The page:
Will and I are looking on-line even before we can afford to move getting used to the market in Talent, Oregon, Phoenix, Oregon, or Ashland, Oregon.  My first choice is Talent, a little town close to the city of Ashland, bee friendly, with many ranch houses (we want a single story), and flat land which are easily made into garden area.  We have fought the rock soil at our home for decades.  Will makes the most beautiful fertilizer and compost soil and has grown a beautiful garden nonetheless in this clay soil. In Talent, I would be able to garden too!  I dream of a place close enough to the little town of Talent, the Asian antique store, the coffeehouses, the bookstore.  Or perhaps there will be an affordable home in Ashland!  South Ashland would be nice, quicker to California where the Winnemem Village is.  It is certainly a draw that we have cut a 6 hour drive to a 2 hour drive.  We can go to the Halloween Party!  Birthday parties.  We can get to ceremony quickly.  We can go into action for our Chief with little warning from her.  It makes sense that we move to where our work is and leave the town where our work has become more and more finished.  There is much to do to stop the raising of Shasta Dam and protect our sacred Mountain, and sacred places.  There will be more and more ceremonies.  It also makes sense to move where the youth still stand alongside their elders as a rule, not as an exception.  Getting older in Indian Country is nothing like getting older outside of it.  It makes sense to go where the parties and dinners which include our participation is happening.  Of course that exists here too, but it seems at the Village someone is always sending out an invitation on Facebook to gather together for a movie, for dinner, for planning an action.  Finally, but not less important at all, my little sister and her husband lives there.  We see them as we drive back and forth from CA, their home our refuge for the night.  But it would just be nice to be close to family.  She is already helping us find good places to put down our roots.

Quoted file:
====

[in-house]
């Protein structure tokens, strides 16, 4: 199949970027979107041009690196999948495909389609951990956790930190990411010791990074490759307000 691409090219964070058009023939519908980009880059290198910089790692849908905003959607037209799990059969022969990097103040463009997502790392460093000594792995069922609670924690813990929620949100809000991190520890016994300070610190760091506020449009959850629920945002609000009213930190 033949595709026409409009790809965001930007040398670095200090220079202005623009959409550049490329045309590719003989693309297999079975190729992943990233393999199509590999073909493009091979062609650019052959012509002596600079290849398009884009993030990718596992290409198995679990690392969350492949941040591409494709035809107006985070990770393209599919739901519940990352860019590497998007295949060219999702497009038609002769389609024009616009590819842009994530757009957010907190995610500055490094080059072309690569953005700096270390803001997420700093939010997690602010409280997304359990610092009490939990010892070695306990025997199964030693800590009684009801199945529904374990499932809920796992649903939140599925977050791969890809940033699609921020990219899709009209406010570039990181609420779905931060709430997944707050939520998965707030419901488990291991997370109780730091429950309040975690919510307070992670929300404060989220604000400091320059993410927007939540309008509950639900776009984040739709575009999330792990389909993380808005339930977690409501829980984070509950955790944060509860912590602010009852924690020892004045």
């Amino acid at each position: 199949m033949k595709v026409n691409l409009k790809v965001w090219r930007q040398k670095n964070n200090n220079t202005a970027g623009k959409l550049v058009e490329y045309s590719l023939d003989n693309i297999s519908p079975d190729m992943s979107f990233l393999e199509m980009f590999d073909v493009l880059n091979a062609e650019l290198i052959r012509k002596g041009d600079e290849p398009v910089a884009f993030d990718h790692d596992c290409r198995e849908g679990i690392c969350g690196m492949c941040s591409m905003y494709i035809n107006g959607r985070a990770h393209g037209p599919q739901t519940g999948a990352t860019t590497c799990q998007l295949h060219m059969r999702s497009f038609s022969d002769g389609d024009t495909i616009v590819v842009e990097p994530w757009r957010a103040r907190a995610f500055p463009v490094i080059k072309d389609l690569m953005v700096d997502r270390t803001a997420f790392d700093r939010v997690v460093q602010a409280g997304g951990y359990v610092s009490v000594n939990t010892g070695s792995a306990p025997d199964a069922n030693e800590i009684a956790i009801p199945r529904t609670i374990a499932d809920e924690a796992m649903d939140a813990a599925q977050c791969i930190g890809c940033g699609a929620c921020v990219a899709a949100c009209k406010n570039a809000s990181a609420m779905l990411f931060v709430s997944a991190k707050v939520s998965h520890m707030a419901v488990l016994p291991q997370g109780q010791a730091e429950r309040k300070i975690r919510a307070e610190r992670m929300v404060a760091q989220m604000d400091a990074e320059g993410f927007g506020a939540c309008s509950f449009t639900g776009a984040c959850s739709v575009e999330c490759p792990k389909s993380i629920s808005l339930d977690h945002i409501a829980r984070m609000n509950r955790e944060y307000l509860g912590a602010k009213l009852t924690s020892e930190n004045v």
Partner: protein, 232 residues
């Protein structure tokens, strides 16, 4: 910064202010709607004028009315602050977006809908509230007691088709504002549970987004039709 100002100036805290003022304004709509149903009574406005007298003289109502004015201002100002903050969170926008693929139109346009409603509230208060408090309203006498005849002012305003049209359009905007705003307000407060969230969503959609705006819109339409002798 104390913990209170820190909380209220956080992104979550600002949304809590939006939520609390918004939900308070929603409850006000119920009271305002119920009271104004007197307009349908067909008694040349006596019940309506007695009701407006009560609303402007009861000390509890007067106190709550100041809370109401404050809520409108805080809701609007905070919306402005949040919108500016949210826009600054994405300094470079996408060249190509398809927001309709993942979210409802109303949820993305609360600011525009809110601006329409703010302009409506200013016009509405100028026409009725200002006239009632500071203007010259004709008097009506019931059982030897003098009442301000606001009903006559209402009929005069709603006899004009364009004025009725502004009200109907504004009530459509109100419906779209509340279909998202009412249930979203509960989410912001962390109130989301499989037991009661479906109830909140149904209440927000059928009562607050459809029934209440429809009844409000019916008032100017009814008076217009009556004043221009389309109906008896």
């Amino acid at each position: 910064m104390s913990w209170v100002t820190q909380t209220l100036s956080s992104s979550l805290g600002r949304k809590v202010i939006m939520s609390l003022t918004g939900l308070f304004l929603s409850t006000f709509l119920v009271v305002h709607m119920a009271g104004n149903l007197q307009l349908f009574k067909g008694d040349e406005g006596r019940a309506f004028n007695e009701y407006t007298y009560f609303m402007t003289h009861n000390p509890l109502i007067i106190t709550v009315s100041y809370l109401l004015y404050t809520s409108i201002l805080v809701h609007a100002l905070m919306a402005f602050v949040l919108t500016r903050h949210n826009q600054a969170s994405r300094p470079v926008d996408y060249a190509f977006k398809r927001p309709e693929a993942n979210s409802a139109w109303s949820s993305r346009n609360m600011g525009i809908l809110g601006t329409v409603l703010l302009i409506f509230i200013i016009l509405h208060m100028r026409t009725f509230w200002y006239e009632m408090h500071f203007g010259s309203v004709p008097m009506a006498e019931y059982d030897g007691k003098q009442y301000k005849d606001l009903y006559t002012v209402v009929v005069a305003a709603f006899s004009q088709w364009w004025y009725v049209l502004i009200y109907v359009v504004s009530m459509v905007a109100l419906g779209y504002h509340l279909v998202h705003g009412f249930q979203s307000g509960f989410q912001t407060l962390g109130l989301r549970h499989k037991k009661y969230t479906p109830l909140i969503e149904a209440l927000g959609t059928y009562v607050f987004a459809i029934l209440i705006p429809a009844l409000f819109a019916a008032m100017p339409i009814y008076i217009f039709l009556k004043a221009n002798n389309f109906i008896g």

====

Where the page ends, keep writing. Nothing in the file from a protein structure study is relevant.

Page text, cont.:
For all of the above, Will and I are moving toward Life, another adventure.  This home, I dream, will be like a "vacation place" as the Winnemem Village is our place of work.  My initial plan is not to become burrowed into the work of Talent or Ashland, add on no new obligations, not start anything new.  Obligation enough with Winnemem.  We will definitely be a stopping place for Eugene friends who come to Ashland, the area being a nice destination point.  We are blessed to have this chance because of Will's family's circumstance to make this kind of change.  I am full of gratitude -- for our home on Jefferson Street and its care and security and for the ability to move forward.

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"from Outside the Belly" was also known as "TBAsian" from 2008-2010. Thank you for reading.

from Outside the Monster's Belly

from Outside the Monster's Belly
. . . following Earth instead (Rakaia River, site of Salmon Ceremony, photo credit Ruth Koenig)


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Eugene, Oregon
I am a citizen of the Winnemem Wintu Tribe. I am a Nikkei descendant sansei (third generation);retired teacher, involved in the Winnemem tribal responsibility to Water, Salmon, and our belief that the Sacred is our Teacher. Working locally for human rights and supporting youth leadership.